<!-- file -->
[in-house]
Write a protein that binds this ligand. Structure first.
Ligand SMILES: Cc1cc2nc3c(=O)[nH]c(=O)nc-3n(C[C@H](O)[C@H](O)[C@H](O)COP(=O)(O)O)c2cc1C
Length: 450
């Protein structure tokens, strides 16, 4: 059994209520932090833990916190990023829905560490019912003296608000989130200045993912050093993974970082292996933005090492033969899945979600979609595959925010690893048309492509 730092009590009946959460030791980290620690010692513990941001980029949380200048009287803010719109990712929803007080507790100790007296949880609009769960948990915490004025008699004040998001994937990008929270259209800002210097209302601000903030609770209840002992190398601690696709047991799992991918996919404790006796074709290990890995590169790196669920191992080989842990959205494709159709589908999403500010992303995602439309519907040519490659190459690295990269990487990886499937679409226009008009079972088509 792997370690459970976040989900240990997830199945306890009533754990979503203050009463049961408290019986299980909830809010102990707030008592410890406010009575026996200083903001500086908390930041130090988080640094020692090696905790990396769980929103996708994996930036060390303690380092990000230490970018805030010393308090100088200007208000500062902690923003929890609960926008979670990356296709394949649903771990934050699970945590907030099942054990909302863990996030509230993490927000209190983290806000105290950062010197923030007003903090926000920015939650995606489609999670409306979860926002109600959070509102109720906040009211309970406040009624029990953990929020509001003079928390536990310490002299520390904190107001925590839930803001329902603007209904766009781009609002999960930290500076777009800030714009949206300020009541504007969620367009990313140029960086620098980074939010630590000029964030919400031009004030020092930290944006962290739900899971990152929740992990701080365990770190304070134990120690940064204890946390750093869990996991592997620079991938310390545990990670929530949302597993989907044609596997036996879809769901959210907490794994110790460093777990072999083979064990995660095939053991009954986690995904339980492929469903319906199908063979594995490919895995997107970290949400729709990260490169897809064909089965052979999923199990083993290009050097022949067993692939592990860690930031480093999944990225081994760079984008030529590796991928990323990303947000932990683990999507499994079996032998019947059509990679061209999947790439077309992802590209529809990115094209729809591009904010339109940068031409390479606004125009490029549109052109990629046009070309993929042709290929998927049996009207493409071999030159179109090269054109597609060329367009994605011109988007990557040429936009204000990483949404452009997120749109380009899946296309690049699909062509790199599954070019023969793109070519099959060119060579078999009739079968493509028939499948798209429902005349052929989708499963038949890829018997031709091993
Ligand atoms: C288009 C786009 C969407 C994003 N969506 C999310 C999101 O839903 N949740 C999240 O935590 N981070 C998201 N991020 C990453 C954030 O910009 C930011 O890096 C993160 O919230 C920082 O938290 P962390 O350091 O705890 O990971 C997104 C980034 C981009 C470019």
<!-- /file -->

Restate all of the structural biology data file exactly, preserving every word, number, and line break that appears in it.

[in-house]
Write a protein that binds this ligand. Structure first.
Ligand SMILES: Cc1cc2nc3c(=O)[nH]c(=O)nc-3n(C[C@H](O)[C@H](O)[C@H](O)COP(=O)(O)O)c2cc1C
Length: 450
């Protein structure tokens, strides 16, 4: 059994209520932090833990916190990023829905560490019912003296608000989130200045993912050093993974970082292996933005090492033969899945979600979609595959925010690893048309492509 730092009590009946959460030791980290620690010692513990941001980029949380200048009287803010719109990712929803007080507790100790007296949880609009769960948990915490004025008699004040998001994937990008929270259209800002210097209302601000903030609770209840002992190398601690696709047991799992991918996919404790006796074709290990890995590169790196669920191992080989842990959205494709159709589908999403500010992303995602439309519907040519490659190459690295990269990487990886499937679409226009008009079972088509 792997370690459970976040989900240990997830199945306890009533754990979503203050009463049961408290019986299980909830809010102990707030008592410890406010009575026996200083903001500086908390930041130090988080640094020692090696905790990396769980929103996708994996930036060390303690380092990000230490970018805030010393308090100088200007208000500062902690923003929890609960926008979670990356296709394949649903771990934050699970945590907030099942054990909302863990996030509230993490927000209190983290806000105290950062010197923030007003903090926000920015939650995606489609999670409306979860926002109600959070509102109720906040009211309970406040009624029990953990929020509001003079928390536990310490002299520390904190107001925590839930803001329902603007209904766009781009609002999960930290500076777009800030714009949206300020009541504007969620367009990313140029960086620098980074939010630590000029964030919400031009004030020092930290944006962290739900899971990152929740992990701080365990770190304070134990120690940064204890946390750093869990996991592997620079991938310390545990990670929530949302597993989907044609596997036996879809769901959210907490794994110790460093777990072999083979064990995660095939053991009954986690995904339980492929469903319906199908063979594995490919895995997107970290949400729709990260490169897809064909089965052979999923199990083993290009050097022949067993692939592990860690930031480093999944990225081994760079984008030529590796991928990323990303947000932990683990999507499994079996032998019947059509990679061209999947790439077309992802590209529809990115094209729809591009904010339109940068031409390479606004125009490029549109052109990629046009070309993929042709290929998927049996009207493409071999030159179109090269054109597609060329367009994605011109988007990557040429936009204000990483949404452009997120749109380009899946296309690049699909062509790199599954070019023969793109070519099959060119060579078999009739079968493509028939499948798209429902005349052929989708499963038949890829018997031709091993
Ligand atoms: C288009 C786009 C969407 C994003 N969506 C999310 C999101 O839903 N949740 C999240 O935590 N981070 C998201 N991020 C990453 C954030 O910009 C930011 O890096 C993160 O919230 C920082 O938290 P962390 O350091 O705890 O990971 C997104 C980034 C981009 C470019």